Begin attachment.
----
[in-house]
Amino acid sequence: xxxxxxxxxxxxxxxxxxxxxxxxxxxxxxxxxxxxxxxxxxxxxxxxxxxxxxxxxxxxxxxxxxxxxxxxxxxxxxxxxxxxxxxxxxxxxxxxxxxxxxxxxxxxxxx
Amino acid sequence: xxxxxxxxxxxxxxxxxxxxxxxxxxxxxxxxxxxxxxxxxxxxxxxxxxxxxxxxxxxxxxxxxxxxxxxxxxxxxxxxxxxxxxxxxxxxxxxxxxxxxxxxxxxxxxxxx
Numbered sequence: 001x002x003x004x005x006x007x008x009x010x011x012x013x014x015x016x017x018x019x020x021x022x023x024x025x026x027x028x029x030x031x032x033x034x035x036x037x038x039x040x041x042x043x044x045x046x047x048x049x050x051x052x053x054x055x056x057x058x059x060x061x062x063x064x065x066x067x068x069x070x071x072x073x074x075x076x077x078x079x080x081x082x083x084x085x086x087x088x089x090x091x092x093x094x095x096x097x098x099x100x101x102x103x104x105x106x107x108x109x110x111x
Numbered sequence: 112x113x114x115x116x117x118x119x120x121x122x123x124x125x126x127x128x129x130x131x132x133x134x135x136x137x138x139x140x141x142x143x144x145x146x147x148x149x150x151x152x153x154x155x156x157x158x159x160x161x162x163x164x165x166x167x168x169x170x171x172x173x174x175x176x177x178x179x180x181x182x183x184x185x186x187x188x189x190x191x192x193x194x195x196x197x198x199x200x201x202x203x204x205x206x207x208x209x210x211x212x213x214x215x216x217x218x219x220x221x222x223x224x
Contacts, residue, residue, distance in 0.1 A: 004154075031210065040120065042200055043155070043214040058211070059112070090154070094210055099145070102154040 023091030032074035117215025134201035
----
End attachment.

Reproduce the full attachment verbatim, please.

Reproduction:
[in-house]
Amino acid sequence: xxxxxxxxxxxxxxxxxxxxxxxxxxxxxxxxxxxxxxxxxxxxxxxxxxxxxxxxxxxxxxxxxxxxxxxxxxxxxxxxxxxxxxxxxxxxxxxxxxxxxxxxxxxxxxx
Amino acid sequence: xxxxxxxxxxxxxxxxxxxxxxxxxxxxxxxxxxxxxxxxxxxxxxxxxxxxxxxxxxxxxxxxxxxxxxxxxxxxxxxxxxxxxxxxxxxxxxxxxxxxxxxxxxxxxxxxx
Numbered sequence: 001x002x003x004x005x006x007x008x009x010x011x012x013x014x015x016x017x018x019x020x021x022x023x024x025x026x027x028x029x030x031x032x033x034x035x036x037x038x039x040x041x042x043x044x045x046x047x048x049x050x051x052x053x054x055x056x057x058x059x060x061x062x063x064x065x066x067x068x069x070x071x072x073x074x075x076x077x078x079x080x081x082x083x084x085x086x087x088x089x090x091x092x093x094x095x096x097x098x099x100x101x102x103x104x105x106x107x108x109x110x111x
Numbered sequence: 112x113x114x115x116x117x118x119x120x121x122x123x124x125x126x127x128x129x130x131x132x133x134x135x136x137x138x139x140x141x142x143x144x145x146x147x148x149x150x151x152x153x154x155x156x157x158x159x160x161x162x163x164x165x166x167x168x169x170x171x172x173x174x175x176x177x178x179x180x181x182x183x184x185x186x187x188x189x190x191x192x193x194x195x196x197x198x199x200x201x202x203x204x205x206x207x208x209x210x211x212x213x214x215x216x217x218x219x220x221x222x223x224x
Contacts, residue, residue, distance in 0.1 A: 004154075031210065040120065042200055043155070043214040058211070059112070090154070094210055099145070102154040 023091030032074035117215025134201035